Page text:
Thomas Jefferson

High School | Home of the Spartans

Decades Forward and Back Again

Posted 10/19/2023 by Mattie Brightwell

Hundreds rally for pride month to show support for LGBTQ community at the Capitol in Washington DC. photo by Micheal Reynolds

2023 has already set a record for the amount of anti-LGBTQ legislation introduced, heavily impacting transgender communities across the country.

Often, when people picture Lesbian, Gay, Bisexual, Trans, and Queer rights, the first thing that comes to mind is marriage laws. In 2015, the Supreme Court ruled that state-wide bans on gay marriage were unconstitutional, and from then on, it became officially legal in all fifty states to be able to marry someone of the same sex. However, there are still several issues that LGBTQ people experience in America. A significant portion of queer communities are still pushing for equal rights, and in 2023, those who identify as transgender or lie outside of the gender binary are struggling to exist in America. 

Transgender is a term used to describe individuals that do not align with the gender they were assigned at birth. It’s considered an umbrella term that also houses those who identify as non-binary and genderqueer. In reality, the number of Americans who identify as trans is truly very low. In July 2021, the U.S. Census Bureau Household Pulse Survey collected information on gender identity in America. They discovered that around 1.03% of the population identifies as transgender, which is about 2.6 million Americans. To put that into perspective, the current population of the U.S. lies at a little more than 334 million people.

Congress has managed to set a record for the amount of anti-trans legislation being introduced and enacted, even before the half-year mark. News reports from as early as April declared that nearly four hundred bills that would affect LGBTQ citizens were brought to the table, and as of September, that number has jumped to 567, according to the Trans Legislation Tracker. The tracker is a public website that can be found at While 125 of the bills have failed, 83 have been officially passed, and 359 of them are currently active.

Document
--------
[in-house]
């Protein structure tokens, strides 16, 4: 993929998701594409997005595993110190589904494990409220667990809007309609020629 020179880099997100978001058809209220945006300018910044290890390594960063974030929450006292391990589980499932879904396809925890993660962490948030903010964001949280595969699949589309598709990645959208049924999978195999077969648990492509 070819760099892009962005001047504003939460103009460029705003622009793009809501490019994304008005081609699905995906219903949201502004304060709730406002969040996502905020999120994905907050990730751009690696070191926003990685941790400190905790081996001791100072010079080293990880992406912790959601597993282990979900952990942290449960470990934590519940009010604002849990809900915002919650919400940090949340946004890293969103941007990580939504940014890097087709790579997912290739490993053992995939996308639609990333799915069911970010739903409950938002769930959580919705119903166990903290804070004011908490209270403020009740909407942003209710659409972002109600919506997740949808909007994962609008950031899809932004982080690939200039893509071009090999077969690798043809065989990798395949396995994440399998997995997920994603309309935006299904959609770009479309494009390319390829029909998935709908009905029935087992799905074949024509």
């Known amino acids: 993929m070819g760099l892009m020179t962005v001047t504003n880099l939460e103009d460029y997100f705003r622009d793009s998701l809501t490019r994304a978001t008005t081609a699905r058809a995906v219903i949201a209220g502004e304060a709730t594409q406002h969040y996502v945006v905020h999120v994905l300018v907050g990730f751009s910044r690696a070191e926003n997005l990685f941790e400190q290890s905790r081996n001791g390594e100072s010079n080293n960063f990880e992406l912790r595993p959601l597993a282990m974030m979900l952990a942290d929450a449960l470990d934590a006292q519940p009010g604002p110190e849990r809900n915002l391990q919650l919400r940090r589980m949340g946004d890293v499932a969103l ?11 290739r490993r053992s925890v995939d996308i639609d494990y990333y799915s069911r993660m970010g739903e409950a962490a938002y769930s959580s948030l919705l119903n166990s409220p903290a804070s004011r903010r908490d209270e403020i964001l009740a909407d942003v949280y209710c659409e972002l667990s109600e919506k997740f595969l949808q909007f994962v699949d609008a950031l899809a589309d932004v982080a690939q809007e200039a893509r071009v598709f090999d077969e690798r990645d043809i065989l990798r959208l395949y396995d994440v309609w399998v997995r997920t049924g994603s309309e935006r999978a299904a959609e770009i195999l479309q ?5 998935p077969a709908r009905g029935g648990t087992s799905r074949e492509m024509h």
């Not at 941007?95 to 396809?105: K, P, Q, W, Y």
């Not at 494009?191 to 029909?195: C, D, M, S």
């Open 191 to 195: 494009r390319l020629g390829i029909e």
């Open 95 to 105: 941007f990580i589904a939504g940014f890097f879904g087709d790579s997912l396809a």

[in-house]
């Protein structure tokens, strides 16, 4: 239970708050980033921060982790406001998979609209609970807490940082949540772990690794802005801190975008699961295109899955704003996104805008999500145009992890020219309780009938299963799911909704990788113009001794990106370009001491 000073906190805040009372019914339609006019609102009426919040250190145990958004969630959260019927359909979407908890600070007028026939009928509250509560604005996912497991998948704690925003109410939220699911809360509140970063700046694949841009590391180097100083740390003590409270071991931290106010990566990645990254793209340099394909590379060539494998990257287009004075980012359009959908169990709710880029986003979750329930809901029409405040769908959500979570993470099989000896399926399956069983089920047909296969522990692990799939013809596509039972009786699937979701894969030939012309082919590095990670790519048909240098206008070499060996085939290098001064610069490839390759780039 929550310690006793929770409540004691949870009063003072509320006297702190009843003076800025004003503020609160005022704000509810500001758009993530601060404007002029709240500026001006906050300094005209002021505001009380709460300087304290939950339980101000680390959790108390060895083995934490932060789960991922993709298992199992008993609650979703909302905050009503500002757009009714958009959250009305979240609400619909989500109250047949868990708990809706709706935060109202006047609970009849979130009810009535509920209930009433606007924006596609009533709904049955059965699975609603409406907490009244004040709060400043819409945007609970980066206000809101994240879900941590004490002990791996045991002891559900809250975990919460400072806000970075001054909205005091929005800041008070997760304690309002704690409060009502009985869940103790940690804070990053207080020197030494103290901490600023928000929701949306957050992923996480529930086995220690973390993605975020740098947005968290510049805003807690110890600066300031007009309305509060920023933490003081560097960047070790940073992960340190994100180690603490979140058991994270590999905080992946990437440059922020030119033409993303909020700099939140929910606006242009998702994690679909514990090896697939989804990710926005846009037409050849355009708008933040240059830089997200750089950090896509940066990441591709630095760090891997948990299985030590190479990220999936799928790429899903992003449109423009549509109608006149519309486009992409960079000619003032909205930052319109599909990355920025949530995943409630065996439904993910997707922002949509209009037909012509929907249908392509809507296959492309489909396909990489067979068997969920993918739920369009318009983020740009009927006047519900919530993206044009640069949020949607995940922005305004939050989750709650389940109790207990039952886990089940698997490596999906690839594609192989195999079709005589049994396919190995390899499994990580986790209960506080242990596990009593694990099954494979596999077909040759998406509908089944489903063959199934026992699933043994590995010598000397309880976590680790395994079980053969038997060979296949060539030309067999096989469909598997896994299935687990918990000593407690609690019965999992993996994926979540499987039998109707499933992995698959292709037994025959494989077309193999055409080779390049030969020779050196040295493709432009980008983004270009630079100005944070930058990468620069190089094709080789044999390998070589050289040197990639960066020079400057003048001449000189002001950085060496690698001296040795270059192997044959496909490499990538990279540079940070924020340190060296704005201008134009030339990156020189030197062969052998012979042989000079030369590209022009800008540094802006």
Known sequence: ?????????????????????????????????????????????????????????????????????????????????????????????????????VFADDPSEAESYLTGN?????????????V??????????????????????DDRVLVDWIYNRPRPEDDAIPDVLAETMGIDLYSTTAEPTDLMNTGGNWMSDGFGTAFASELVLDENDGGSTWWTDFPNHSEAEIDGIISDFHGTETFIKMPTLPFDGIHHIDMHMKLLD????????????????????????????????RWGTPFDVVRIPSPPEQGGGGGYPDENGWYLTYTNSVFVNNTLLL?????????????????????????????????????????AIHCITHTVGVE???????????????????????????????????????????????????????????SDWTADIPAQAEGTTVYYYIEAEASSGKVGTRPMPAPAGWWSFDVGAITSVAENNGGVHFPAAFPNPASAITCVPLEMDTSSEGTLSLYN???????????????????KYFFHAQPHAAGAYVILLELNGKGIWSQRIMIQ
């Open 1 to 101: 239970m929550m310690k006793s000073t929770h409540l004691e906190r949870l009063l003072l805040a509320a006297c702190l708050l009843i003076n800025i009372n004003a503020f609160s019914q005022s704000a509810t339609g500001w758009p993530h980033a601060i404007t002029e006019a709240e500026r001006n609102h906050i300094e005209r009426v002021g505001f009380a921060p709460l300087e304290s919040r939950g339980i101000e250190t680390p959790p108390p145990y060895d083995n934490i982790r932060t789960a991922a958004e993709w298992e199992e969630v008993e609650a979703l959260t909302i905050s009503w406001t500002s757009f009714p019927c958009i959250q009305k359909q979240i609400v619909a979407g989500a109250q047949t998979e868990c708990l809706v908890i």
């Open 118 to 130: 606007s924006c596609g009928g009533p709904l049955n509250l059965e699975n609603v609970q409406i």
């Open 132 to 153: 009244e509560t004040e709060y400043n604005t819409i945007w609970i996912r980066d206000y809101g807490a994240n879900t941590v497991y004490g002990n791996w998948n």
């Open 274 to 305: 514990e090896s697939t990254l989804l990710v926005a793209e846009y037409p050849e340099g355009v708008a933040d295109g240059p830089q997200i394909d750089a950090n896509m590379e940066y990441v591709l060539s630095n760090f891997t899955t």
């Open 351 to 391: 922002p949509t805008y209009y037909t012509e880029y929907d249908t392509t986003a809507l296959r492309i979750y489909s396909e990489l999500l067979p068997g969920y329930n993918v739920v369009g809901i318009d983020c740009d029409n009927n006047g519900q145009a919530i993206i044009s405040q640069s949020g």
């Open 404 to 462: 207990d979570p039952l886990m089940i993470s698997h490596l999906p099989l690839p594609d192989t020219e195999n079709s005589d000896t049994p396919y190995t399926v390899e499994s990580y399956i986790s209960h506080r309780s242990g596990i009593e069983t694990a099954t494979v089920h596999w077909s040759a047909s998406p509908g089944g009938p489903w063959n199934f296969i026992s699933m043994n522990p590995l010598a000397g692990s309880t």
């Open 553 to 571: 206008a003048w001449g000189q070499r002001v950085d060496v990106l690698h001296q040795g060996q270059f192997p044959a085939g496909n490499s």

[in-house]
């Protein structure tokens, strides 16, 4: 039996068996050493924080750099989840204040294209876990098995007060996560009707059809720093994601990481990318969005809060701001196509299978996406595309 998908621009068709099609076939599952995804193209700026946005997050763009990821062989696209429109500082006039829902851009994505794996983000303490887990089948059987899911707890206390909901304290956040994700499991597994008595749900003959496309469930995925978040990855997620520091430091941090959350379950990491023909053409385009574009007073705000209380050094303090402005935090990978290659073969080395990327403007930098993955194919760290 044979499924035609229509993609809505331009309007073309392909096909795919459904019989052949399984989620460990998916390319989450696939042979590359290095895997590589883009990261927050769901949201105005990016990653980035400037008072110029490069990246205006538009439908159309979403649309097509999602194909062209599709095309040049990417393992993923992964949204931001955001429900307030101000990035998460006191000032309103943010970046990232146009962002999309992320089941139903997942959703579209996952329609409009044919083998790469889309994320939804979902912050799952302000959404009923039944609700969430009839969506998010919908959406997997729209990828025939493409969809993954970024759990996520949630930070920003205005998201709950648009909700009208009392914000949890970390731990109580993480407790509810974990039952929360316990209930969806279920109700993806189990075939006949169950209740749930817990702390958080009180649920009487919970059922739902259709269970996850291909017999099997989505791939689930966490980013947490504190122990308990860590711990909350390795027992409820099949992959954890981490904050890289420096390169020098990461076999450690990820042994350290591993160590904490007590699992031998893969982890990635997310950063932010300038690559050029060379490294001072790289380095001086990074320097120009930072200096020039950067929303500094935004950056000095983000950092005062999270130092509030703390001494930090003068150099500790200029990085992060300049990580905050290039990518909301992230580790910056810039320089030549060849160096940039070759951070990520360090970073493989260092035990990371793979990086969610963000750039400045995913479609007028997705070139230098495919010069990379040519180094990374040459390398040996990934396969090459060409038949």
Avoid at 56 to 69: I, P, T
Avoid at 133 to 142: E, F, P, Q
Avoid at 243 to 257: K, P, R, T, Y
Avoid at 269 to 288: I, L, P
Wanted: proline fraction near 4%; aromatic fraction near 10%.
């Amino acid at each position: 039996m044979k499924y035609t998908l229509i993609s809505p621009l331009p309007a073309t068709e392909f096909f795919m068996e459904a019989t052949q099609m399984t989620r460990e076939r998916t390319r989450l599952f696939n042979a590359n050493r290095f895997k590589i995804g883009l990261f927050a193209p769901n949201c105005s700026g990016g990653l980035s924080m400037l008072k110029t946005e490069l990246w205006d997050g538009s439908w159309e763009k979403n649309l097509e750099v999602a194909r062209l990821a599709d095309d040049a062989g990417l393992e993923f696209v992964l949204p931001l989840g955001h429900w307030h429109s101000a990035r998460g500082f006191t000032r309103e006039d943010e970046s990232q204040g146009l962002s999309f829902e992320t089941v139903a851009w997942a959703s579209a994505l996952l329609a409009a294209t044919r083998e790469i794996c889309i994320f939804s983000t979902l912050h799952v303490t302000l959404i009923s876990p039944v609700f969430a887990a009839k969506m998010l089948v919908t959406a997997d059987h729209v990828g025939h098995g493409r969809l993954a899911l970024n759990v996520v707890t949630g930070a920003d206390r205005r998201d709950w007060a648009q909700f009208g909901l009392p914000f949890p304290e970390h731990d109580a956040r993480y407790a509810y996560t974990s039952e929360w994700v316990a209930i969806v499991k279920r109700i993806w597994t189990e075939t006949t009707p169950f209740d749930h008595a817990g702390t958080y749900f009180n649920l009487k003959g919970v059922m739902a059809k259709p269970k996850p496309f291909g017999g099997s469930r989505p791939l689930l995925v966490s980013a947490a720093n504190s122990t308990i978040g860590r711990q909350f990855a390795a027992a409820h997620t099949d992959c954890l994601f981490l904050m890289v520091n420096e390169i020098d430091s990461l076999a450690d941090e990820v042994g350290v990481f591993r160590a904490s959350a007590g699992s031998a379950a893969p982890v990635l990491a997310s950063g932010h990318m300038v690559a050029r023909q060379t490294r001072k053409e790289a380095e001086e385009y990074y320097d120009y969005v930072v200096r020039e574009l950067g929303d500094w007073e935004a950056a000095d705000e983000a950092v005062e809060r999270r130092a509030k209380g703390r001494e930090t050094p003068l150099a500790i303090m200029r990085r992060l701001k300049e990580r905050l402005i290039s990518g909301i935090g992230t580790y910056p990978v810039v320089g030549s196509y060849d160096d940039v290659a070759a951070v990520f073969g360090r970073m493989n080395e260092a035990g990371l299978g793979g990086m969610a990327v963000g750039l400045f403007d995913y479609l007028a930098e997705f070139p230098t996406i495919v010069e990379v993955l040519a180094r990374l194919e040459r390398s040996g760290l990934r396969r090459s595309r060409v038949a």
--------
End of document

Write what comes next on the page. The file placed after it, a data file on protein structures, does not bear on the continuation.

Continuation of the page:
A majority of the bills target trans youth, and many LGBTQ individuals point out that the legislation will disproportionately affect trans women and trans people of color. Examples of legislation appearing include bills that would allow schools, doctors, and other institutions to out trans youth to their parents and/or guardians, or bills that would erase mentions of LGBTQ discussions in education. These are only a minuscule amount of legislative proposals. Other issues surrounding restrooms, sports, and especially medical care and treatment remain heavily prevalent in the many bills. 

Many that promote the passing of anti-trans legislation argue that the bills aim to protect children against what they describe as “indoctrination.” However, LGBTQ individuals and groups that advocate for queer rights stress that the legislation will do more to harm youth than it will to protect them. A study conducted by four researchers that was published in the National Library of Medicine discovered that as of 2022, nearly 82% of transgender youth have seriously contemplated ending their own lives, and 40% have attempted suicide. Professionals and researchers stress that the rate of suicide will only continue to increase in conjunction with every piece of anti-trans legislation passed. 

As of September, it’s unknown as to what the future will hold for trans rights, and while 2023 remains to be a stressful year for trans communities, there are many resources out there for individuals who find themselves in need of help. The Trevor Project features a helpline and other resources built for queer youth, and One Colorado is a local organization dedicated to advocating for LGBTQ rights.